From bombs to earthquakes … a 100 pounds of the past year of your life dumped onto the living room floor exchanged for 100 pounds of clean neatly folded clothing and stuff, a wedding, a haircut, a massage, five filled cavities, three finished papers, two shabbats and only a few minor mother-daughter skirmishes (that I have completely forgotten although I am sure they happened) all squeezed into eight harried days and nine nighttime ritual tuck-ins. Your time at home was a blur, a treasured blur.
And then came the inevitable crash…the wandering through the quiet house, the gathering up of cast away clothing and unfinished jars of tea, the search for the reset button that would push me back into my daily routine…and let’s not forget the crash that shook the earth beneath you a mere nine hours after you arrived in the San Francisco area. There is no end for us weary worriers.
Fortunately for my mental health, the mothers are on my side. They get it. They all know and assured me that someday, you will too. It’s just what mothers do, no matter where their kids are, what they’re doing or how old they are. We worry. It’s not a problem. I feel fortunate to have the privilege of having someone to worry about. And like the other mothers, I have a perverse sense of anticipation, hope and glee at the prospect of you having the very same experience. So cut me some slack.
This moment in time feels like a major transitional period for all of us. Yours is more obvious; moving to a new city, honing in on a career path, forging a new life. Dad and I are just renovating a bedroom and bathroom. I was caught off guard by how jarring this would be; sifting through all our stuff, reading letters and papers, looking at pictures and mementos, deciding what is trash and what is treasure. This stuff prods us relentlessly to evaluate, to question, to take charge, to accept.
Dad and I have spent hours sitting on the deck at the end of the day, a glass of wine in hand, talking about stuff; how to become free of the unimportant stuff, how to translate our good fortune into what is meaningful and pleasurable to us and mostly, to know the difference. We are working on spending your inheritance while insuring that we can be cared for when the time comes.
This phase of our lives will be shorter than the ones that came before and that is more freeing and motivating than scary. We know that today may be the best day of our lives and we are trying to make each one count. In the meantime, if there is anything you need or want, now’s the time. We’re in the final quarter of the game and pulling out all the stops.
I am looking forward to our trip to the west coast and can’t wait to see you in your new home and hear all about your new ramped up life as a journalism student.
Garden Herbed Meatballs
I know you don’t eat meat, but I had to figure out a last minute appetizer for Shabbat and I had some ground tenderloin in the freezer and lots of herbs in the garden and…well, it just happened. You could probably adapt this for some veggie variety. I served them with hummus. They would have been great with some tahini sauce, but I’m out. Gail and Abe promised to bring some back from Israel. Next time.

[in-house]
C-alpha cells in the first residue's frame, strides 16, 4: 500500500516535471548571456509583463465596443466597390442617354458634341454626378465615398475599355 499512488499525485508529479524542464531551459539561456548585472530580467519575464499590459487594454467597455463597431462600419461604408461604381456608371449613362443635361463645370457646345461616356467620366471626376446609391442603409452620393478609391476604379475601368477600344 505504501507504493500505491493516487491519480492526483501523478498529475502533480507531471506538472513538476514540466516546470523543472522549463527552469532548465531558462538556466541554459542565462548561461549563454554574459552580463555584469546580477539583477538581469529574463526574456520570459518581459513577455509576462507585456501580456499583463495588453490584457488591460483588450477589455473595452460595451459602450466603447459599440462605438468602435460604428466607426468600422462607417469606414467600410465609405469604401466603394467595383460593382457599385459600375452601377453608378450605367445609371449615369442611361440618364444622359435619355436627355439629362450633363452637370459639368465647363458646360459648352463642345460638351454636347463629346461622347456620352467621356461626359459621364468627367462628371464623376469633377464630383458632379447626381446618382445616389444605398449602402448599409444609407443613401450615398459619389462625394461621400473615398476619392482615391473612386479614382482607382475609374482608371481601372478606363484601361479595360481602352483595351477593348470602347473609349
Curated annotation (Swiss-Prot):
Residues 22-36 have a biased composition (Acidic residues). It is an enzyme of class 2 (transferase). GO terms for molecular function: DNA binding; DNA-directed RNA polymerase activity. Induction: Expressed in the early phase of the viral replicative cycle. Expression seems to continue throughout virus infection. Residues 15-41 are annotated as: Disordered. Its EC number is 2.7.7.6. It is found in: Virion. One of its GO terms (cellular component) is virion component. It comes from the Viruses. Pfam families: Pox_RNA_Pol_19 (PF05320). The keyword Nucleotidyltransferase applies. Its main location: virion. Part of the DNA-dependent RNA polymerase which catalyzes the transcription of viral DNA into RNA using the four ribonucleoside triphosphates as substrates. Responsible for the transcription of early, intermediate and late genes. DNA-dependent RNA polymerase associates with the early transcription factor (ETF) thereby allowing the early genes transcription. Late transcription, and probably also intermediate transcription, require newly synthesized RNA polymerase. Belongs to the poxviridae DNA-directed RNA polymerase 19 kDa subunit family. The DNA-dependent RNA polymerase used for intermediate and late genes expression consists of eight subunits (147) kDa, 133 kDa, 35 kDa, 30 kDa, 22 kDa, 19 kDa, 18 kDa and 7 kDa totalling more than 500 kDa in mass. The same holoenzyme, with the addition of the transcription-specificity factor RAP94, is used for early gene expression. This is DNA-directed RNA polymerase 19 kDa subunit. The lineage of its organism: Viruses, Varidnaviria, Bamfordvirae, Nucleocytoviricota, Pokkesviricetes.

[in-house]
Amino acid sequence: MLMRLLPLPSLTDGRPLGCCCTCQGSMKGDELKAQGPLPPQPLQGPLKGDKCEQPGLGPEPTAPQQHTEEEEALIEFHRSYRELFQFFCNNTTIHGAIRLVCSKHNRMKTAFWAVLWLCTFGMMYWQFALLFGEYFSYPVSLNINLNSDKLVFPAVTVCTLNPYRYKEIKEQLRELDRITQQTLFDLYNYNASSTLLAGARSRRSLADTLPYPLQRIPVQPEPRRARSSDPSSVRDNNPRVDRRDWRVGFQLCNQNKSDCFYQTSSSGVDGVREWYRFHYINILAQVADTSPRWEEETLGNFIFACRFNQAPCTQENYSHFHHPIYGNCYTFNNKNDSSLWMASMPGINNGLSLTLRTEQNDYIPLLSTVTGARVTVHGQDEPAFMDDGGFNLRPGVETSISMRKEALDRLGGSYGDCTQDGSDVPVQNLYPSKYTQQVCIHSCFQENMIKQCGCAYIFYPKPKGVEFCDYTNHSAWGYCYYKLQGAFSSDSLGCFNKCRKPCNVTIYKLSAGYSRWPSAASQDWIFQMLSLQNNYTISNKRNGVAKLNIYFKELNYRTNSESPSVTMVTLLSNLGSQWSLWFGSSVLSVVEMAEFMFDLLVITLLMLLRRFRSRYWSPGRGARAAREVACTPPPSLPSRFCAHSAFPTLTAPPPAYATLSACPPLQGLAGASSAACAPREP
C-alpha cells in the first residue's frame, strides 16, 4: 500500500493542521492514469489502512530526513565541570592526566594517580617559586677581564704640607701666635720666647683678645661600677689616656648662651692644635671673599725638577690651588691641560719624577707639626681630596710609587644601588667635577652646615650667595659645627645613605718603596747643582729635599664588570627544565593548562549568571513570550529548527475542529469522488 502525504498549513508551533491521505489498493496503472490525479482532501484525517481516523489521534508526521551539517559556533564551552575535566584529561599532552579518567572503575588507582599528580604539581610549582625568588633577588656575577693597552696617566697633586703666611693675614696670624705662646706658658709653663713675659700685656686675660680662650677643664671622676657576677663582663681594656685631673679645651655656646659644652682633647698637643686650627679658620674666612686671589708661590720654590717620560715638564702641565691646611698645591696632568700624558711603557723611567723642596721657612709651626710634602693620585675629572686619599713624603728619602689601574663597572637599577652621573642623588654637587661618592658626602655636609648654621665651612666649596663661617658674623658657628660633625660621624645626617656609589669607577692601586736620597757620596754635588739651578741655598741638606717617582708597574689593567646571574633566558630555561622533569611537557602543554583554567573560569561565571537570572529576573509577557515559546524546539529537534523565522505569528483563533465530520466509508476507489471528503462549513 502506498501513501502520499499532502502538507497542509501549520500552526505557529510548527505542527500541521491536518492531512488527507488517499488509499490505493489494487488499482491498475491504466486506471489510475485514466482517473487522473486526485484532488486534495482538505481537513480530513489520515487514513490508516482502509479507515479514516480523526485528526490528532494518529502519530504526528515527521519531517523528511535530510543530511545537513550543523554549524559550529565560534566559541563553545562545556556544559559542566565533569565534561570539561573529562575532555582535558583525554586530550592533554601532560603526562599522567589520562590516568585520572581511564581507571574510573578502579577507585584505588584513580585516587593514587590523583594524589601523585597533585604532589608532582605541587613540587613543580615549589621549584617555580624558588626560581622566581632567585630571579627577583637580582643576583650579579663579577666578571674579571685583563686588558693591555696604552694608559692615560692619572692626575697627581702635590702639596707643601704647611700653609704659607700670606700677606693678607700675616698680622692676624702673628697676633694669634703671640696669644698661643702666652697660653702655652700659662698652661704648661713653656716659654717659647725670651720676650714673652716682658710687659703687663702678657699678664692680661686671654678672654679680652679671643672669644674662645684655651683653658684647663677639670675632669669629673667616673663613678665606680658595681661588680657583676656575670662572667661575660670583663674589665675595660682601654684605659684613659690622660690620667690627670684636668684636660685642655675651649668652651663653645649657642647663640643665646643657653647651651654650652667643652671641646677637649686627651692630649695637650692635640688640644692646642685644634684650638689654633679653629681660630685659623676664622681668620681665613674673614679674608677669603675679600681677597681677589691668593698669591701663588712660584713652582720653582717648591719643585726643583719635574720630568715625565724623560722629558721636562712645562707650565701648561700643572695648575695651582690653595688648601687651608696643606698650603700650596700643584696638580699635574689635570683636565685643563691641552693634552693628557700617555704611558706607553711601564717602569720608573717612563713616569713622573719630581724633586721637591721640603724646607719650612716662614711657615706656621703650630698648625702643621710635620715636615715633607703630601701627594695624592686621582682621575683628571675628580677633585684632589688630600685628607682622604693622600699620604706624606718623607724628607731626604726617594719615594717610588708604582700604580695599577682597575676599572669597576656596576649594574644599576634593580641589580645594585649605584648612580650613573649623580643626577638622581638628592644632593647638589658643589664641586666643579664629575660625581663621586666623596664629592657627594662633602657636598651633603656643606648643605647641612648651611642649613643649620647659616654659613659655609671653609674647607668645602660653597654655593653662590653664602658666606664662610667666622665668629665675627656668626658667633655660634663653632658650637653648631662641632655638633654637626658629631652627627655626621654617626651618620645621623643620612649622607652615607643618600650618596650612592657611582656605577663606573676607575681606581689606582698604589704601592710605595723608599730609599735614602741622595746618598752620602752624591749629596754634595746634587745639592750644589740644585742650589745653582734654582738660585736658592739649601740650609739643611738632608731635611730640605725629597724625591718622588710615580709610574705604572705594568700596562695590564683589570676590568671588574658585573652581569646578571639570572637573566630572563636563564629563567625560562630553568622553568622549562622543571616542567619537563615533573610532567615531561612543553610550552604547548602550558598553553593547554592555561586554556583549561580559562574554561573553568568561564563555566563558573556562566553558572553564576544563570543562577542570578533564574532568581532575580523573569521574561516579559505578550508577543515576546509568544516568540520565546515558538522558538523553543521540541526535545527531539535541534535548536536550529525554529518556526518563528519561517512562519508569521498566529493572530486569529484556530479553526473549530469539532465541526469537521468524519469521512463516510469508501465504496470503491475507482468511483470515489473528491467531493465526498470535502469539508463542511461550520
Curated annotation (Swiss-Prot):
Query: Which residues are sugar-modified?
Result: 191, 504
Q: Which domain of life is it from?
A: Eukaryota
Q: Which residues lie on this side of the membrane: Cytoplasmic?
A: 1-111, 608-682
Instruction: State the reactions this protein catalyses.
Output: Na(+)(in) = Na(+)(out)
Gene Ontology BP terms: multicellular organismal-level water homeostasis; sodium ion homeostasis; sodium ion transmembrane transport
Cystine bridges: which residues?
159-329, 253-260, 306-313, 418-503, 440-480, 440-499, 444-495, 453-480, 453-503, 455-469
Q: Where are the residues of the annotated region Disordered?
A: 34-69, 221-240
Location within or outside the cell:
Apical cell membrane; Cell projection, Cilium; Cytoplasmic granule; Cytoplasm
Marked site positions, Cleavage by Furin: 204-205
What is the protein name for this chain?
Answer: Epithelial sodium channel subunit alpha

2 large chopped onions
2 – 4 teaspoons chopped fresh garlic
1- 1 1/2 pounds ground beef
1/2 cup matzoh meal or bread crumbs
1 squirt of hot chili sauce to taste
1/2 cup chopped fresh parsley
Fresh chopped tarragon, basil, oregano, thyme and lots of mint or whatever you can find in the garden
2 teaspoons sea salt
2 teaspoons cumin
1/2 teaspoon cardamom
1/2 teaspoon allspice
black pepper to taste
1 cup sundried tomatoes or oven roasted tomatoes
Fresh parsley for garnish
Place onions and garlic in a food processor and chop into small coarse chunks. Remove half of the chopped onion and garlic and place it in a large sauté plan with a very small amount of olive oil and sauté lightly.
Place ground beef in a large bowl and add two eggs, matzoh meal and chili sauce. Mix together.
Add fresh herbs to the remaining chopped onion and garlic mixture in the food processor and chop together until finely chopped. Add all of the remaining chopped mixture to the ground beef. Add remaining spices and mix the beef mixture thoroughly.
Add the sundried tomatoes or oven roasted tomatoes to the lightly sautéed onion and garlic in the large sauté pan and cook over medium heat for a few minutes until blended.
Make small bite sized meatballs and sauté in the onion-garlic-tomato mixture until browned on all sides. Continue until all meatballs are cooked. Drain meatballs on paper towel if needed.
The onion and tomato mixture will become very browned and crispy and can be used to top the meatballs when serving.
Top with fresh parsley and crispy onion-tomato mixture and serve warm. They go great with hummus or tahini sauce.